A Legacy from Versace

PUBLISHED : Saturday, 30 August, 1997, 12:00am
UPDATED : Saturday, 30 August, 1997, 12:00am

When the Milan catwalk shows begin in early October, during which designers will unveil their spring/summer 1998 collections, the eyes of the international fashion press will be squarely focused on a single runway - that of Gianni Versace.

The flamboyant designer was murdered in Miami last month, leaving a US$500 million-a-year (about HK$3.87 billion) company and only the beginnings of his vision for the season ahead.

On these pages are components of the last collection the late Versace was able to complete and stage in his signature star-studded, theatrical way, his autumn/winter 1997 collection.

Though, over the past few years, the designer had contrived to steer his label away from the migraine-inducing prints and colours that had come to define it, the pageantry of Versace's work never paled.

The designer was often quoted as saying he designed for people 'with big egos'. Be that as it may, his detractors also believed his glitzy metal mesh dresses, super-short skirts and garish colours might have looked on the wrong side of cheap - though price tags are anything but.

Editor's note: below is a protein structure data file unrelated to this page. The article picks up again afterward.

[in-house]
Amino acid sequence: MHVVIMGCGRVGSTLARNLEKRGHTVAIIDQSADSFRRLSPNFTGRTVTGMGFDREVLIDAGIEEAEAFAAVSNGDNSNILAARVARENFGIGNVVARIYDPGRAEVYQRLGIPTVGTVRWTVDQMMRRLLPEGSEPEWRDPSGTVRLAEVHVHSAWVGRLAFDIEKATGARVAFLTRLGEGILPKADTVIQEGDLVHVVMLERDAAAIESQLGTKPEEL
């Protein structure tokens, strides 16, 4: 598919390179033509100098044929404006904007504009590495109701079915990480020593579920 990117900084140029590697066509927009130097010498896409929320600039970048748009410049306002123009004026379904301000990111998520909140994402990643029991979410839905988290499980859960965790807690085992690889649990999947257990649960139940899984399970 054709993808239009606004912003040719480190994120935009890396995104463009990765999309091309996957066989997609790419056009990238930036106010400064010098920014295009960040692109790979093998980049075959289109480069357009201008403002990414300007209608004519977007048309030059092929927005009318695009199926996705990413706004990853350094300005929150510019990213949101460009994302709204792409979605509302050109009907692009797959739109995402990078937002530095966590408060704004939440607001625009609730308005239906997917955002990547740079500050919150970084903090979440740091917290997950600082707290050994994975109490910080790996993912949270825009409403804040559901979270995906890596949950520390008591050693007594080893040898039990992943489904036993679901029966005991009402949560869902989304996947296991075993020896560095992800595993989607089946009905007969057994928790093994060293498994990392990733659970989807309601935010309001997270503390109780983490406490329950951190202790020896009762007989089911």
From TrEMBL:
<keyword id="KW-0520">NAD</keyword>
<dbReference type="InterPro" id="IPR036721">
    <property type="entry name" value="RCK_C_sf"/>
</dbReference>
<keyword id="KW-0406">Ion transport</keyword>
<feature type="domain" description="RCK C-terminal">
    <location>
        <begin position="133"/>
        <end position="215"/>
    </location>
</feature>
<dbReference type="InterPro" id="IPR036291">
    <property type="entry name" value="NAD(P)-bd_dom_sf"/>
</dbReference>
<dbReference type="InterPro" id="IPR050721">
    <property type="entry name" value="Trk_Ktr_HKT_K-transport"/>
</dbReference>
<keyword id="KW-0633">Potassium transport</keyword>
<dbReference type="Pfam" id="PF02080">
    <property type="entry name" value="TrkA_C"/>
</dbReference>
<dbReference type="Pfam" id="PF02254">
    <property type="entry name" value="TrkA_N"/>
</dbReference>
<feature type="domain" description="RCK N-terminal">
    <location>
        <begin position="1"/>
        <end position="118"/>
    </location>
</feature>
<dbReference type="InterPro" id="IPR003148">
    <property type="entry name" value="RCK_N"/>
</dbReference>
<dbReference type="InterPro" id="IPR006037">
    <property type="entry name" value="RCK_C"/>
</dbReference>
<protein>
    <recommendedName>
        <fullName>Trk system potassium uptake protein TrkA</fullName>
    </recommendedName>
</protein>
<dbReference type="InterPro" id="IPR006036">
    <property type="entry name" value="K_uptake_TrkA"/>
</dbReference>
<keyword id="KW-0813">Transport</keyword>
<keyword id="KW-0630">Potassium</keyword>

Flashes of his autumn/winter 1997 collection do reveal something of his softer, saner side - even if at the core of the line is his grandiose use of colour - jewel shades, neon brights and art deco-inspired black-and-whites.

His established stylistics are entrenched in tailoring, a skill that developed after his early education in architecture. Versace's most enduring legacy has been to sharply and definitively outline the silhouette of the woman he dresses.

And his repertoire - in this collection as much as ever - is a pastiche of filmy chiffon sheaths covered with a constellation of rhinestones, razor-sharp tailored suits and draped jersey dresses.

Speculation over who will accede to the Versace throne has been rampant: the most obvious choice would appear to be the designer's younger sister and longtime muse Donatella.

In all her exuberance and extravagance, she is the quintessential Versace woman. And given that she had worked with her brother since he began his label in 1978, she is closer to the heart of the company, and the ingredients that have created its success, than anyone.

But Italian fashion industry sources believe that Ms Versace does not have the profile nor hands-on experience.

The company is not yet hard-pressed to make a decision. As a Versace spokesman in Hong Kong said: 'Nothing has changed yet.' Model: Eunice Chan Styling, hair and make-up: Caroline Nie